He will beat out Edward Klein’s “Blood Feud: The Clintons vs. the Obamas” at No. 3 and Hillary Clinton’s “Hard Choices” at No. 5.
WND reported last month Costco pulled D’Souza’s book from its stores nationwide one day before the companion movie of the same name was scheduled to open at more than 1,000 movie theaters nationwide.
In the nationwide uproar that resulted, the book “America” shot to No. 1 on Amazon.com bestseller list.
The day after WND’s July 7 story, WND reported Costco Chief Financial Officer Richard Galanti, amid a flood of opposition from members, informed WND that the wholesale giant had reversed its decision and was in the process of reordering “America” to restock all Costco stores nationwide.
As of Saturday, according to sources inside the company, Costco was selling about 10,000 copies of D’Souza’s “America” each week, for a total of more than 40,000 books. Costco’s sales for “America” are about 25 percent better than for Clinton’s “Hard Choices.”
The film “America” is on track to become the No. 6 political documentary of all time. It’s scheduled to surpass the $14 million mark in box office revenue, topping Michael Moore’s 2009 documentary “Capitalism: A Love Story.”
D’Souza can now claim two feature films in the top 10 political documentaries, with his 2012 film, “2016: Obama’s America,” ranked No. 2, with nearly $33.5 million in lifetime gross revenue. It trails only Michael Moore’s 2004 documentary, “Fahrenheit 9/11,” with lifetime gross revenue exceeding $119 million.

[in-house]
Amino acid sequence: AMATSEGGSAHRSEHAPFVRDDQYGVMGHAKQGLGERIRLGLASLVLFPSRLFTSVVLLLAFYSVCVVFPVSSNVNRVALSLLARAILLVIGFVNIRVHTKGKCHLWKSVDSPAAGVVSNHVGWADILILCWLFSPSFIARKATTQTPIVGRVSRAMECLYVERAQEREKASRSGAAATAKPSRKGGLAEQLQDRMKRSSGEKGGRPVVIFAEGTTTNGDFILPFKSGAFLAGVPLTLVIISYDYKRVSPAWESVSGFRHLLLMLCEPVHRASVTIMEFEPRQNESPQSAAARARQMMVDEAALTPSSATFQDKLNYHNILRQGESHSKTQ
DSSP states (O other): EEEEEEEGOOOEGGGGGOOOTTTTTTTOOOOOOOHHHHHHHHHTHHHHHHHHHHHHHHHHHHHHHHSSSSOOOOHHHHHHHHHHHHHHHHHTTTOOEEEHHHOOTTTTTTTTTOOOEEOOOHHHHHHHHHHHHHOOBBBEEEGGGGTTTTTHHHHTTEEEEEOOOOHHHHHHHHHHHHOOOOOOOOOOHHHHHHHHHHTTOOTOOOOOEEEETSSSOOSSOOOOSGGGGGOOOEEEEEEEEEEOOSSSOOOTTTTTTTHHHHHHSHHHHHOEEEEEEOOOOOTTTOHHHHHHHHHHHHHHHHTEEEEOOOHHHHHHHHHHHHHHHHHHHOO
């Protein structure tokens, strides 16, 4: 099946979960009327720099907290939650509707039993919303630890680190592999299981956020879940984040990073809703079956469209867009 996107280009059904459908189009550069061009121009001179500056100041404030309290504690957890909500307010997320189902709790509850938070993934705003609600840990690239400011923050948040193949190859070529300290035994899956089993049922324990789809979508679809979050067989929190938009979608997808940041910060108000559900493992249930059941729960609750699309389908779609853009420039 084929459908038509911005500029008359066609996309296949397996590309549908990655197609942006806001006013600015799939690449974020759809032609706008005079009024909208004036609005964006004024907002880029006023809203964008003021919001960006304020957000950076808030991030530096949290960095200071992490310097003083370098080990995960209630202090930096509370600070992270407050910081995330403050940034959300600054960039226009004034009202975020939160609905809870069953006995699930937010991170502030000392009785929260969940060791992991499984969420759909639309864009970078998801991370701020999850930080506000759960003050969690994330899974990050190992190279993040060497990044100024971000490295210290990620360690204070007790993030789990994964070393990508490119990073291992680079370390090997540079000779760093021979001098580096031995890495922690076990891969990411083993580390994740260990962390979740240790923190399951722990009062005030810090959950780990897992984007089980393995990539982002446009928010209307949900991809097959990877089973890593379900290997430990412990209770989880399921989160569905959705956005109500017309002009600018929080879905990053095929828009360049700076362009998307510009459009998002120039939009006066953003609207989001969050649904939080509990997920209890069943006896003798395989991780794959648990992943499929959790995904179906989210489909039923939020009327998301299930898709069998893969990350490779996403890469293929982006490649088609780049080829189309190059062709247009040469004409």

The financial backers producing “America” have decided to keep the film in theaters through at least the end of the summer.
At present, its showing are scaling down by approximately a third, from 760 theaters nationwide the first week to 478.
“America” opens with a dramatic fictional scene of the British defeating the American Revolutionary War Army as Gen. George Washington is shot to death on the battlefield by a British sniper.
The documentary considers what the world would look like if American didn’t exist.
It depicts iconic American monuments such as the Statue of Liberty in New York and the Lincoln Memorial in Washington dissolving into sand.
It dramatizes Abraham Lincoln arguing famously that the future risk to United Sates national security will not come from foreign enemies but from within.
The film features interviews with prominent leftist authors and activists ranging, including Norm Chomsky and Ward Churchill, who portray the U.S. as a racially oppressive nation in which power has been accumulated through imperialist foreign wars and domestic class warfare that oppresses people of color, starting with the indigenous Indian tribes displaced form their lands and slaves brought in chains from Africa.
D’Souza presents the socialist indictment of America so convincingly that some conservative viewers may initially feel uncomfortable.
“One woman in our first screenings actually walked out, asking, ‘Why are you giving the left so much time,” D’Souza said in a Q&A after the film’s New York premiere.
“We had to ask her to be patient. The refutation of the indictment from the left was coming next.”
In the second act of the film, D’Souza’s articulates a compelling view of American exceptionalism in which, he argues, America should not be condemned for slavery, a crime common to many nations in the age of conquest, but praised for fighting a great civil war that ended slavery.